The crisis in Syria does not feature high on the agenda at this weekend’s G7 summit in Biarritz. The absence of two key players – Russia and Turkey – means any substantive initiatives are unlikely. Donald Trump has washed his hands of the conflict, although Pentagon chiefs are resisting his demand to withdraw all US forces. European leaders, beset by many other urgent problems, seem to prefer not to think about Syria at all.
This attitude is intolerably shortsighted. Western governments’ neglect of the eight-year war and, in particular, its impact on civilians is a sadly familiar phenomenon, but no more acceptable for being predictable. Their involvement has been sporadic and uneven, spurred from time to time by headline events such as chemical weapons attacks or war crimes too horrific to ignore. The campaign against Islamic State (Isis) was given priority.
The price of this collective failure to tackle head-on one of the greatest strategic challenges of our time is now being paid, once again, by Syria’s population. In Idlib, north-west Syria, more than 3 million people are under fire from Syrian regime forces, backed by Russian bombers and artillery. More than 800 noncombatants have died since April. At least half-a-million civilians, many previously displaced, have fled towards the Turkish border.
Despite repeated appeals for help by the UN, aid agencies and local organisations such as the White Helmets, the slaughter and mayhem are intensifying following last week’s fall to Bashar al-Assad’s troops of the southern Idlib town of Khan Sheikhoun. The plight of the fleeing population is compounded by Turkey’s reluctance to accept more refugees and its determination to force many among 3.6 million Syrians already in Turkey out of the big cities and back across the border.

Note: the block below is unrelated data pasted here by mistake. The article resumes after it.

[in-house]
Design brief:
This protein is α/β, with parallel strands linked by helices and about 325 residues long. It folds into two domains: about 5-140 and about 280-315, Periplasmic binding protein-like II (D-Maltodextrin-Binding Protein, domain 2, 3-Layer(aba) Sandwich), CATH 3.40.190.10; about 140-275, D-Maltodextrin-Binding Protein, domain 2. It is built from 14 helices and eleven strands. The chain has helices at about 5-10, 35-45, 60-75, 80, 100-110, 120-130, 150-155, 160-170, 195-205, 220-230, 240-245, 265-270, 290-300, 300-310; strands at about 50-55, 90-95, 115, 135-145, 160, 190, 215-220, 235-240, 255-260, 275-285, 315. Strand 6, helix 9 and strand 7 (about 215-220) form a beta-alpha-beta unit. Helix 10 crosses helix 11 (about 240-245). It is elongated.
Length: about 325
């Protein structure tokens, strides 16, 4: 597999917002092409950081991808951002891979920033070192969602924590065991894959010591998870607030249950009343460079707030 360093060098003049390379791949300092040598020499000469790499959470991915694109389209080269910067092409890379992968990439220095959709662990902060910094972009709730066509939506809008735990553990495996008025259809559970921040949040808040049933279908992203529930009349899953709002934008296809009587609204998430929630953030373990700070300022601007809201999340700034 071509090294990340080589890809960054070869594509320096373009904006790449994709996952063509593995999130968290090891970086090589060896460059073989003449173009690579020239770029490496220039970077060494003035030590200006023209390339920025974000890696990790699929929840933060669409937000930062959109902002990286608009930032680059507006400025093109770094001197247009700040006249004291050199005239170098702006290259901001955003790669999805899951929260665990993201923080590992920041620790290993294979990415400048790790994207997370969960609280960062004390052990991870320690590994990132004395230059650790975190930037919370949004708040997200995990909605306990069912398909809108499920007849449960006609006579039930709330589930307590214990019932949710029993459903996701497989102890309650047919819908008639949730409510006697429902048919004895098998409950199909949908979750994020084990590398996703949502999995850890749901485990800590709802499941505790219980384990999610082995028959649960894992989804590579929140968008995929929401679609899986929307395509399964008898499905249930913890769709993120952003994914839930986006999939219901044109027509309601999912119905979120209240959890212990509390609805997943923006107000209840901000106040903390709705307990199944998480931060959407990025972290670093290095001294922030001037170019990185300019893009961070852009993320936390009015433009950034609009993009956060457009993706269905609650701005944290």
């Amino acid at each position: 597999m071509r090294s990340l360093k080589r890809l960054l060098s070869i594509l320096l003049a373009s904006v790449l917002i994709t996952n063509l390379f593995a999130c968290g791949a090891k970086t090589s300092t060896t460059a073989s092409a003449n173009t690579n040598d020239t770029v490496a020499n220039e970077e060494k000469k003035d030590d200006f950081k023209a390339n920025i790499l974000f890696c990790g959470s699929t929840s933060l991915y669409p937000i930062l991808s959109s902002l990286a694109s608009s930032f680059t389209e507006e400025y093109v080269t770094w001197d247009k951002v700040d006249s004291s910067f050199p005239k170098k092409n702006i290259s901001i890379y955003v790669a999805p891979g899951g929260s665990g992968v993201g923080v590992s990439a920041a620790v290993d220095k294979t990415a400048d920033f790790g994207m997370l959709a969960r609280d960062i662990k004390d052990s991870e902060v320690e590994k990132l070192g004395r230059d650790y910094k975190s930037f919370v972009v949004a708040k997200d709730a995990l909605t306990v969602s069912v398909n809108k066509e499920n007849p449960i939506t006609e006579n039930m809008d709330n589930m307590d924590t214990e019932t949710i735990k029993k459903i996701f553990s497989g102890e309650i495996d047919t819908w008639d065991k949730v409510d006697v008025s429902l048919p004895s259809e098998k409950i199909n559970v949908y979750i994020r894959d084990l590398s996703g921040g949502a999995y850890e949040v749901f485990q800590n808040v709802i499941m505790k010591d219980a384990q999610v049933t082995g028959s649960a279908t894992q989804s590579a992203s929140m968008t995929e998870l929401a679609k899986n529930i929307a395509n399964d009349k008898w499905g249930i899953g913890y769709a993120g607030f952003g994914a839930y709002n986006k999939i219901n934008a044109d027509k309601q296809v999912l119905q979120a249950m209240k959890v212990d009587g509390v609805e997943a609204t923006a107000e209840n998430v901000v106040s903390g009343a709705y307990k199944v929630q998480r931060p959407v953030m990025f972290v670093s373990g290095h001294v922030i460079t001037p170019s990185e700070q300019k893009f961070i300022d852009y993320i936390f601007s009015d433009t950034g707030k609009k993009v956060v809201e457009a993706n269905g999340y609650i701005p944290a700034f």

If not out of compassion then for reasons of narrow self-interest, western leaders must pay more attention. Recep Tayyip Erdoğan, Turkey’s president, has helped hold the line in Idlib since last year, when he set up military observation posts to keep regime forces, rebels and jihadists apart. But this arrangement is falling apart. Last week a Turkish convoy was attacked, prompting Erdoğan to seek an emergency meeting with Vladimir Putin, his Russian counterpart.
If a politically weakened Erdoğan loses patience, the consequences could be dire. In line with previous Turkish operations in al-Bab, Afrin and Azaz, he could order more military incursions into Syria to create what Ankara calls refugee “safe havens”. He may further challenge the pro-western Syrian Kurds’ control of areas east of the Euphrates. And by blocking the main escape route for Idlib’s civilians, he could trigger another mass refugee exodus in the direction of Europe, similar to what happened in 2015.
All this matters greatly for the wider stability of the Middle East. Despite Turkey’s view of them as terrorists, Syria’s Kurds, backed on the ground by US and British special forces, are a vital element in the unfinished fight against Isis. Reports across the region speak of a significant Isis resurgence in northern Syria and Iraq. Sleeper cells have reportedly mounted 43 attacks in Syrian Kurdish areas since late July. There is even a suspicion that Turkey is covertly assisting them.
At the same time Israel, with Trump’s blessing and possibly Putin’s too, is using Syrian chaos to widen an undeclared war with Iran. It has launched numerous airstrikes on Iranian forces and their proxies inside Syria. Now it is expanding its campaign to include Iranian targets in Iraq. Munitions warehouses and a military base north of Baghdad used by Iran’s Revolutionary Guards were hit in recent, unacknowledged Israeli strikes. These escalations presage ever-deepening instability.
Idlib, Isis, Israel-Iran: it is a toxic mix. And all are byproducts of the west’s abject failure to move decisively to halt the Syrian war.